Book Two of the Strain trilogy, in which a particularly vile, decidedly non-sparkly variety of vampire is threatening to overrun humanity. I thought book one was pretty much the written equivalent of a popcorn movie: long on cliches and short on anything remotely resembling literary merit, but highly entertaining, anyway. This installment isn't really any different at all in terms of writing quality or storytelling sensibility, and yet somehow I never managed to get my brain to click into the right mode for it, never quite achieved that necessary state of turning my critical facilities off and just enjoying the ride. And, boy did that make a difference.I think I know why the first book worked for me but this one didn't, too. The Strain started out with a terrific, genuinely creepy and suspenseful sequence involving a dead airplane, which hooked me in so quickly and so thoroughly that I never looked back. Whereas this one starts out with a slow, uninteresting recap of the previous book, thus missing its window of opportunity for really drawing me in.So, now I have to deal with the question of whether I should bother with part three when it comes out. Having come this far, I'm vaguely inclined to see the story through to the end, and to give the series a chance to regain my interest. But I'm not entirely sure how much enthusiasm I can work up for it.
juli1357 on LibraryThing 8 months ago
The Strain was one of the best vampire books I'd read in a long time, but I found The Fall to be a big disappointment. There was way too much vampire chasing/action and not enough of a story line. And I hated the whole green/environmental aspect of The Master's plan to take over the human race. I plan on reading part three of the trilogy only if the reviews far surpass those of The Fall.
sensitivemuse on LibraryThing 8 months ago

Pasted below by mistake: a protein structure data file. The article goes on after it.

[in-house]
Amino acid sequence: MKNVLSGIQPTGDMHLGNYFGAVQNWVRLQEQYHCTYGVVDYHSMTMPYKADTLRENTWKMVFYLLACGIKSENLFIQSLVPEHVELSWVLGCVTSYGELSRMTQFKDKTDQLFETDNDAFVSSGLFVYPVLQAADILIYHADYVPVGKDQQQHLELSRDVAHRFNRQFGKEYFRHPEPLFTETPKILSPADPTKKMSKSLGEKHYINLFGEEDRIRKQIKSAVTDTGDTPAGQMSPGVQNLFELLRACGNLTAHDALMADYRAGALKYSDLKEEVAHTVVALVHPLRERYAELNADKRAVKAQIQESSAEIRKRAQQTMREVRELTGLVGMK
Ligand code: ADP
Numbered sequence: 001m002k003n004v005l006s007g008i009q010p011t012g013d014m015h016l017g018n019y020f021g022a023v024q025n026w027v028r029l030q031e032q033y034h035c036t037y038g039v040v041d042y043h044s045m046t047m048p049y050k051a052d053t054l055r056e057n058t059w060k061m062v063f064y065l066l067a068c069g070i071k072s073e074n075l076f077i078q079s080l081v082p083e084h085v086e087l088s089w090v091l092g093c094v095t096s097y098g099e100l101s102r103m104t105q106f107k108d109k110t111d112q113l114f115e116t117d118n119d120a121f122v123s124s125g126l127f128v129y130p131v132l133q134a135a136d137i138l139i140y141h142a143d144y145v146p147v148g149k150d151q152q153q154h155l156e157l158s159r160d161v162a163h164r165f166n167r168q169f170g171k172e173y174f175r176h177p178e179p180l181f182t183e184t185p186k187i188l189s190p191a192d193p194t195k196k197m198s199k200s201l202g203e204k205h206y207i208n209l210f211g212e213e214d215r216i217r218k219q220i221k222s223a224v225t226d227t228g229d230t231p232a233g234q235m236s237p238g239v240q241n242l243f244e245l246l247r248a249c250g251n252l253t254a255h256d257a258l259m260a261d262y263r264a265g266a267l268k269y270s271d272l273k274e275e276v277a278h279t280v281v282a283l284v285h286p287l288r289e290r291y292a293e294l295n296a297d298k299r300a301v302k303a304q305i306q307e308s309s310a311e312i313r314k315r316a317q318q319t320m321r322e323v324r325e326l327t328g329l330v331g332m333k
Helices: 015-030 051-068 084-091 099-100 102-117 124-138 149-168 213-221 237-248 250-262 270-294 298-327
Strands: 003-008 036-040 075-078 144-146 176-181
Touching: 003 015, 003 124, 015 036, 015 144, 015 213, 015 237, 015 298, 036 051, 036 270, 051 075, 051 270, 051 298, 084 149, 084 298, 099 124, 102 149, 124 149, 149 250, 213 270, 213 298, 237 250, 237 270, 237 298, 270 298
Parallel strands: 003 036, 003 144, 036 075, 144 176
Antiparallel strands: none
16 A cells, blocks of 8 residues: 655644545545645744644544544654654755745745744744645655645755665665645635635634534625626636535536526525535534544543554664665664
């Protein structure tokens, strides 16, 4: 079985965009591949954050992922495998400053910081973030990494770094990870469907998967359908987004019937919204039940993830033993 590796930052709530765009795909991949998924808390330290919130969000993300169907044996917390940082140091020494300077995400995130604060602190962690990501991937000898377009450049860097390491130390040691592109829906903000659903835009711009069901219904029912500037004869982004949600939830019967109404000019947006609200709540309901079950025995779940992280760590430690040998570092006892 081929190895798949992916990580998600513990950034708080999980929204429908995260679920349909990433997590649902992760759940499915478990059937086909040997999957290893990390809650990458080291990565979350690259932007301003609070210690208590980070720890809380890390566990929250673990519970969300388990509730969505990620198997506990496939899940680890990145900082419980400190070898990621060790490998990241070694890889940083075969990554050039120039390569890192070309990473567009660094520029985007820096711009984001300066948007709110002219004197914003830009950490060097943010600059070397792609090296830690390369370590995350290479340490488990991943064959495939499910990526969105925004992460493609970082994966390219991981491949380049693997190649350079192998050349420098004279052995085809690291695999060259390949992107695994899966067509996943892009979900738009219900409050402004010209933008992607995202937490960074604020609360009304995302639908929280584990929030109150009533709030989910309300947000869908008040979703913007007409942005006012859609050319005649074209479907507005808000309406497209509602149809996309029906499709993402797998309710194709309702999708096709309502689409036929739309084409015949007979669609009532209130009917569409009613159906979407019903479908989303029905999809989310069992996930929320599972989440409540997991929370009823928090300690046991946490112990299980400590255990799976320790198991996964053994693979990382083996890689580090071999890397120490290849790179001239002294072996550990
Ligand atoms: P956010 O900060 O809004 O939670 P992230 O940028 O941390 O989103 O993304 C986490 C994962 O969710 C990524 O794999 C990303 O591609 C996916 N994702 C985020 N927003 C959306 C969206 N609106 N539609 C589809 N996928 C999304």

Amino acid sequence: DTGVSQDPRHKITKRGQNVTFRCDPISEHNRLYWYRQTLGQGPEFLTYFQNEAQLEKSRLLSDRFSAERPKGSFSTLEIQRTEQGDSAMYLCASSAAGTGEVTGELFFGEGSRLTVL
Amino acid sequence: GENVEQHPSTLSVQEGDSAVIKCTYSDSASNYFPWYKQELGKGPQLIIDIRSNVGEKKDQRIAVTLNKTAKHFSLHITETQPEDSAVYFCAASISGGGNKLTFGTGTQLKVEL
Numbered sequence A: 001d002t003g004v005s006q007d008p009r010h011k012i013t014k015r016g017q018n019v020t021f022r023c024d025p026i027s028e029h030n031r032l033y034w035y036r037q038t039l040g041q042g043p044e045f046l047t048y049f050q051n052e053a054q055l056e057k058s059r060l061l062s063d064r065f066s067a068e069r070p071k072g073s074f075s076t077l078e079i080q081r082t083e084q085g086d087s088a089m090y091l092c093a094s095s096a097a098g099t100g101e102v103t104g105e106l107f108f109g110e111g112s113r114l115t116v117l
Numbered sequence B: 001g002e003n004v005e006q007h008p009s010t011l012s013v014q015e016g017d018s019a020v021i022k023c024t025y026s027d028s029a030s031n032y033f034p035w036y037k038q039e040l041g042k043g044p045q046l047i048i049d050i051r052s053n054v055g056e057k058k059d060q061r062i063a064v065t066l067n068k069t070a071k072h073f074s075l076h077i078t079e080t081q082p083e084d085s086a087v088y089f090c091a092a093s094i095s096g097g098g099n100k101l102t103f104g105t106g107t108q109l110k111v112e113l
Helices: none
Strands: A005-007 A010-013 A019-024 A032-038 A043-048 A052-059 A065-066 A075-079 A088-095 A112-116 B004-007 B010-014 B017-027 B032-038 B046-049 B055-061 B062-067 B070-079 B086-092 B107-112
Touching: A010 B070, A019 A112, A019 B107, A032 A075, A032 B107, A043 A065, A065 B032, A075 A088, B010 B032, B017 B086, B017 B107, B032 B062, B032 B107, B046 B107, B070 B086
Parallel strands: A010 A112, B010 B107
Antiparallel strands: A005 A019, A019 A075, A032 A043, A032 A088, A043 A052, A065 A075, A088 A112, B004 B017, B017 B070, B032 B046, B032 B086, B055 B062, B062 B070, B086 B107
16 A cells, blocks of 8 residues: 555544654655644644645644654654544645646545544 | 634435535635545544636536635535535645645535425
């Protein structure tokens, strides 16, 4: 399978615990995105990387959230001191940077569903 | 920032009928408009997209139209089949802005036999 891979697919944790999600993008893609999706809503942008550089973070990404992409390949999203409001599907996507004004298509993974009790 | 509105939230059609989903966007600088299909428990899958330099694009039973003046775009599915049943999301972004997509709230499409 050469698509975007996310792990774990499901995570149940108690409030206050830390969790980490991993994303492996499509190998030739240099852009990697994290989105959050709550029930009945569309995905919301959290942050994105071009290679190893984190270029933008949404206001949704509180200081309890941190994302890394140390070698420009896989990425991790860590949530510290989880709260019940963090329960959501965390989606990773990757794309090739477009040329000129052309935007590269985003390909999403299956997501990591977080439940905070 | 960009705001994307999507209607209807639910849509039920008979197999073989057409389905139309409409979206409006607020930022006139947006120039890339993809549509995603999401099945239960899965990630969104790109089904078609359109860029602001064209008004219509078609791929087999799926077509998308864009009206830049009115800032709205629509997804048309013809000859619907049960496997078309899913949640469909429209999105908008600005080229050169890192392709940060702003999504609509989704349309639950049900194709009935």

I am wowed again by another fantastic book by these two authors. The action picks up where it left off and the story does take a turn for becoming more bleak. Yet the action sequences are very well written and it¿s like as if you¿re watching a horror movie instead of reading a horror book. There are plenty of moments that bring a chill to your spine, and moments where you¿re wondering if a certain character has survived or not. There¿s quite a number of cliffhanger moments making you want to read the book further. The descriptions are well done and leaves the reader to their imagination which makes the scenes more creepy and scary. I really enjoyed the chapters in between the storyline where they focus more on Setrakian¿s past. You do get a lot of questions answered and there¿s more to his story than just a simple monster slayer. These parts I did like reading the most, and I wish there really was a small book just dedicated to Setrakian¿s story and his life (those little chapter bits just weren¿t enough for me). Zack annoyed me. Sure, he¿s not over what happened with Kelly but he just ends up being stupid in the end. Yet in the climax of the book I expected something like that would happen, predictable but still fun to read. The characters stay the same, and there are a few new additions but nothing major to change the impact of the story, despite this, be prepared for some drastic changes to the cast. I¿m not sure if I¿m happy with the way it ended but it does leave room for a lot more to happen. There is more blood and gore than the first book, so those who are squeamish are warned to either skip those parts or just skip the book all together as it¿s more graphic and more detailed.I¿m anticipating the final book of this trilogy and I¿m hoping it is every bit as good as this one and the previous one. It¿s definitely a series to get into for those into horror and vampires but also for someone wanting something that¿s a bit different from your typical vampiric horror. Give this trilogy a try, it¿s definitely worth it.